Question #145969. Asked by Walneto.
Last updated Aug 27 2018.
Originally posted Aug 19 2018 3:15 PM.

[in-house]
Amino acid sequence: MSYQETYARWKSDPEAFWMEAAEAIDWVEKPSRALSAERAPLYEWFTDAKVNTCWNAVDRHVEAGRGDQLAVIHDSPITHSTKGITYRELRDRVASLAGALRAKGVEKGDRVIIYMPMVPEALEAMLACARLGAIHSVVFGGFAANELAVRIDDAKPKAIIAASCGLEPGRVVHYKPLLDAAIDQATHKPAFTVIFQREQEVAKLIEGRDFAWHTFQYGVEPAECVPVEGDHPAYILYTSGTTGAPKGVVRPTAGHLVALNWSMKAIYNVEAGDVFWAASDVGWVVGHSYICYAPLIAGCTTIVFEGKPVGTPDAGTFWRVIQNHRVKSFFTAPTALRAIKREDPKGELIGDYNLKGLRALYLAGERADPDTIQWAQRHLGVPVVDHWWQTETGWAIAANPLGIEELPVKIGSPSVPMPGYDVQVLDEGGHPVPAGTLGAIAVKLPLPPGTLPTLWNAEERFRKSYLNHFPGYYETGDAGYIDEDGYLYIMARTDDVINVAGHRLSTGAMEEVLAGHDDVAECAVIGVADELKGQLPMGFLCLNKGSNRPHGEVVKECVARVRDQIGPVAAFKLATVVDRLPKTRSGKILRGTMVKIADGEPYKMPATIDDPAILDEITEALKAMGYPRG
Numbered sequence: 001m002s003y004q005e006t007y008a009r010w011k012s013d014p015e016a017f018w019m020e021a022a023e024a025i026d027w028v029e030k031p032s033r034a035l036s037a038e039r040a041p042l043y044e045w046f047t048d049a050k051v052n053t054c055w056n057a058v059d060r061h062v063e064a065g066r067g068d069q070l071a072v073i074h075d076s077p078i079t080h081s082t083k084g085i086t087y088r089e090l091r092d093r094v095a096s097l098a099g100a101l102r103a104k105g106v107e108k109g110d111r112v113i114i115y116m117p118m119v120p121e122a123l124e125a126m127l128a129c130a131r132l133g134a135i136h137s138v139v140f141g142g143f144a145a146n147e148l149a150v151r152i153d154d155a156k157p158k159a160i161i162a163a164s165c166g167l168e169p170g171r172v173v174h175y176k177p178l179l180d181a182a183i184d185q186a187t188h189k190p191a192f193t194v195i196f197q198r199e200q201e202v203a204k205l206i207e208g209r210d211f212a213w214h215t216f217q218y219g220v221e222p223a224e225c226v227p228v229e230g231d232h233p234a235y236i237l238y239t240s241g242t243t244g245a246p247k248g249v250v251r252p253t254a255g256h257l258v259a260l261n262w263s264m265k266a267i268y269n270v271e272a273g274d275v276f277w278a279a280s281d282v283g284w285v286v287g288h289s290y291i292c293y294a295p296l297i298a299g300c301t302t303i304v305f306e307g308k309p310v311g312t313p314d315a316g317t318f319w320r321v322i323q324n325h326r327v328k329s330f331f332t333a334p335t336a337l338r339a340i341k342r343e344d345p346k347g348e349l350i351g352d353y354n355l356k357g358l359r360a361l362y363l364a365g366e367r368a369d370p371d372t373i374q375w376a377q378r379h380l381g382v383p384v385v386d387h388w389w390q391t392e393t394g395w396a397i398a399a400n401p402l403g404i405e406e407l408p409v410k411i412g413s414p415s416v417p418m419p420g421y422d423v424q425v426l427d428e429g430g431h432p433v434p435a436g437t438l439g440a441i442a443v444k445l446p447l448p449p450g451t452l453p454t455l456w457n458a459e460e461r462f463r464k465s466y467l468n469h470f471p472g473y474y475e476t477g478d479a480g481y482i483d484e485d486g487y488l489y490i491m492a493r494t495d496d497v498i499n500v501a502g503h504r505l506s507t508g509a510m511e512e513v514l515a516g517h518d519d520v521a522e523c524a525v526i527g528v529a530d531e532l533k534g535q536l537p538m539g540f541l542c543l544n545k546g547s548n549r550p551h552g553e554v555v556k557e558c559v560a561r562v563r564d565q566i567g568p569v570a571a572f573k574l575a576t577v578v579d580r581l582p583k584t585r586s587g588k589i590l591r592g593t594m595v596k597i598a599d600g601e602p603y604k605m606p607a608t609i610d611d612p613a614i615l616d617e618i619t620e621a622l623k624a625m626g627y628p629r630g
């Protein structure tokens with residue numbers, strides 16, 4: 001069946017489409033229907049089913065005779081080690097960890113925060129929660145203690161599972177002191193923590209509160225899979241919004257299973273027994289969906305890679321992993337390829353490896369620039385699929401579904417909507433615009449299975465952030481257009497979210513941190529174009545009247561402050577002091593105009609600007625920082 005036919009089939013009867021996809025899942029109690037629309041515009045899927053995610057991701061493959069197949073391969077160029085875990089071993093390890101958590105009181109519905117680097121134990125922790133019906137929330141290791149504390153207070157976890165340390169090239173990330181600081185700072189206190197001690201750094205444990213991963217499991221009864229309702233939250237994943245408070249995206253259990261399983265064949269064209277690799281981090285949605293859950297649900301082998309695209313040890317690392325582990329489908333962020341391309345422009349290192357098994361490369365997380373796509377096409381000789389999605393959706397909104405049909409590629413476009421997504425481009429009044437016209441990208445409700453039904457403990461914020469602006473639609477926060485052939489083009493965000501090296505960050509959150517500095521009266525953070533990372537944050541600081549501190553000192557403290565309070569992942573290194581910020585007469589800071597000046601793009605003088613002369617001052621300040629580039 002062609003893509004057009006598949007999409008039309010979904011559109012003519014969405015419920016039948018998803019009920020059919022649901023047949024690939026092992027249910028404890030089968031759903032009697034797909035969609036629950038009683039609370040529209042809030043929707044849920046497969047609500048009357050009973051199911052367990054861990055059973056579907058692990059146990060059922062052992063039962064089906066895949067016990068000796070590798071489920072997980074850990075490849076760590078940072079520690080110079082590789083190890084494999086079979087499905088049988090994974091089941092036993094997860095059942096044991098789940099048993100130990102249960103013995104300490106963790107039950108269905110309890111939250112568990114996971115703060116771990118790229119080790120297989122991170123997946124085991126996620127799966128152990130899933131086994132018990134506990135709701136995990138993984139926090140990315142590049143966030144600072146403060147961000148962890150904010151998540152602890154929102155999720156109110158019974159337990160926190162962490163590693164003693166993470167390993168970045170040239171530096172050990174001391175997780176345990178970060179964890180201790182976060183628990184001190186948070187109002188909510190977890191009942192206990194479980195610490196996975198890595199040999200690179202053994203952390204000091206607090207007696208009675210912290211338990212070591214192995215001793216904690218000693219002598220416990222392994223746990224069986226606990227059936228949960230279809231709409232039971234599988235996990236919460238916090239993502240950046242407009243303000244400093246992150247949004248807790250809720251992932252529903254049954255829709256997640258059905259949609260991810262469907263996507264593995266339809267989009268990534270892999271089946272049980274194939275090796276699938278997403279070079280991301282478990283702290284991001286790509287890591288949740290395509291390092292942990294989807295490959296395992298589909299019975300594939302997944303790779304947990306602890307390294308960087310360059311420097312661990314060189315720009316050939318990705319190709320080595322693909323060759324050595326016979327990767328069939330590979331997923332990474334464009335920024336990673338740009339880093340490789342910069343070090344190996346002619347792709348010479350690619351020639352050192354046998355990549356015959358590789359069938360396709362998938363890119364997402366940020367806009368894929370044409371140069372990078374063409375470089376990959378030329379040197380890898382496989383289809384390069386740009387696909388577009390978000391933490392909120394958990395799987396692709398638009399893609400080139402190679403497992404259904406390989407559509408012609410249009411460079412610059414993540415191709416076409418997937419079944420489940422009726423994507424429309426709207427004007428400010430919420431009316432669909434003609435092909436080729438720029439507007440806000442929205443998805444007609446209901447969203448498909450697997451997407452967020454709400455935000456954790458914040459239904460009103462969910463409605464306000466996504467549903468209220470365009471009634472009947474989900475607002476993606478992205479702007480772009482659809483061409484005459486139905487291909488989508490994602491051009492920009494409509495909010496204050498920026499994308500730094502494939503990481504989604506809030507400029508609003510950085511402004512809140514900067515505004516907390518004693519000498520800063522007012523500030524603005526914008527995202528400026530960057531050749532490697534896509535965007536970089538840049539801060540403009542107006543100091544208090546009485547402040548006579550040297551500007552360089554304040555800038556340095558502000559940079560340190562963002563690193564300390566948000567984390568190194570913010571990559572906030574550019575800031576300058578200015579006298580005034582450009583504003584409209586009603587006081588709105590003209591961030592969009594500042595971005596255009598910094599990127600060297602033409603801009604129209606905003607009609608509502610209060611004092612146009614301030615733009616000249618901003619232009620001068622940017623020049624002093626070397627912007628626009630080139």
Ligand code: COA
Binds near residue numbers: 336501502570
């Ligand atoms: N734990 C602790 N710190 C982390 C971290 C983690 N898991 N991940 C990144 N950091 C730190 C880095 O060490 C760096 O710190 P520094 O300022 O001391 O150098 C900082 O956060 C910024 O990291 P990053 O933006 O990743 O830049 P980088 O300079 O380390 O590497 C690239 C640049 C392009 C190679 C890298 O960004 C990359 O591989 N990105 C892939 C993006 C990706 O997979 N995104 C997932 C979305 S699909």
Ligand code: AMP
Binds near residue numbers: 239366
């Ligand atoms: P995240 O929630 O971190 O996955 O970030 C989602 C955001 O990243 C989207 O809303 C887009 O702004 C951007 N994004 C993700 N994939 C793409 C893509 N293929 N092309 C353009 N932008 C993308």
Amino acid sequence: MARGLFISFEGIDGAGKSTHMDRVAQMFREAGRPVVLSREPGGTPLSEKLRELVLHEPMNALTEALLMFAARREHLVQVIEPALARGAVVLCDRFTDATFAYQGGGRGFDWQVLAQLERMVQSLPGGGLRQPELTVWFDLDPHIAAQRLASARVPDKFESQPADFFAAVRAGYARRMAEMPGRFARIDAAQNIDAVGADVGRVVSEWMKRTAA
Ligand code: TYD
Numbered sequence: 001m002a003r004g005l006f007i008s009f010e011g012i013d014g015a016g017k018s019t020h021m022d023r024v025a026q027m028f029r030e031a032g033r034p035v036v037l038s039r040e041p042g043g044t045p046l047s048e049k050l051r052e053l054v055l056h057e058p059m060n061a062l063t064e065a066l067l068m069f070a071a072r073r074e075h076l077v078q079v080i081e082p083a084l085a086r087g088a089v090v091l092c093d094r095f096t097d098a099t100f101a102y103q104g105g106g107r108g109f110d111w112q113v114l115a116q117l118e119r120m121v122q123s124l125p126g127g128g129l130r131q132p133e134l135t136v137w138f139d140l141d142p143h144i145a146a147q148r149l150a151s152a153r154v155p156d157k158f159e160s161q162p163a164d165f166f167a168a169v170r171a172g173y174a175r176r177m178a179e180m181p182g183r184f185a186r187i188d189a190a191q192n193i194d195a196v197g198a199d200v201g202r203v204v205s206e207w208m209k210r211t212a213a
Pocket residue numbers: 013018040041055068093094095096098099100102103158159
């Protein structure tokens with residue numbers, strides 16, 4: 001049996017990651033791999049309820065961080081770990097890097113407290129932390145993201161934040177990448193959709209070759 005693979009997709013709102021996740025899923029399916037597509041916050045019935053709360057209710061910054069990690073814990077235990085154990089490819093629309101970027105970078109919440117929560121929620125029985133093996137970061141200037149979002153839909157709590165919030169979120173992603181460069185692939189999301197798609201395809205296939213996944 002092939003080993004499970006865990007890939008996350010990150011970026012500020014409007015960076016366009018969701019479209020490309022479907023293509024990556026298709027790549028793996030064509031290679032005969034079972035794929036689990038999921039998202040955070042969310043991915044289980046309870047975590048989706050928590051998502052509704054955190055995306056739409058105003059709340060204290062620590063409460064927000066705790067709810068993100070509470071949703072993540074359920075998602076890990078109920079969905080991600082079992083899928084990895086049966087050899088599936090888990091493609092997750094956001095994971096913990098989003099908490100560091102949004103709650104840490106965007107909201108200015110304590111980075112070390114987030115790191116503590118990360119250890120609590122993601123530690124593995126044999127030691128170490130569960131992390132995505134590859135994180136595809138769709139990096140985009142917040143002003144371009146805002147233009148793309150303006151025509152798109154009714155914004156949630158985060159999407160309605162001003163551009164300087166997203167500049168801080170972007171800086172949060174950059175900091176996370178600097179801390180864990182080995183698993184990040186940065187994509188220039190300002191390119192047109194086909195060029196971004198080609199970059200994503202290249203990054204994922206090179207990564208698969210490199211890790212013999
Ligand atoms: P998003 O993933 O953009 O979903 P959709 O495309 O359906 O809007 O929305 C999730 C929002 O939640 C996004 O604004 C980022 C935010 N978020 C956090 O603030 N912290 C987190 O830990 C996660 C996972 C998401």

By the mid-1950s, both SAG and AFTRA had been successful in negotiating residuals for TV programs re-runs. But in 1960, what SAG officials feared a decade earlier became reality. Actors still didn’t receive a dime for films made by major motion picture studios when those films were licensed to television networks. On March 7, 1960, Guild members, by an 83 percent vote, approved a strike. The fight was a difficult one and, as the weeks passed, the strike took a serious toll on both sides. Finally, a compromise was reached. The Guild agreed to forego residual payments on films made prior to 1960. In return, producers agreed to pay residuals on all films made in 1960 and afterward, and the Guild accepted a payment of $2.25 million to form a pension and health plan. SAG and AFTRA members have been collecting residuals ever since.https://www.sagaftra.org/membership-benefits/residuals/history-residuals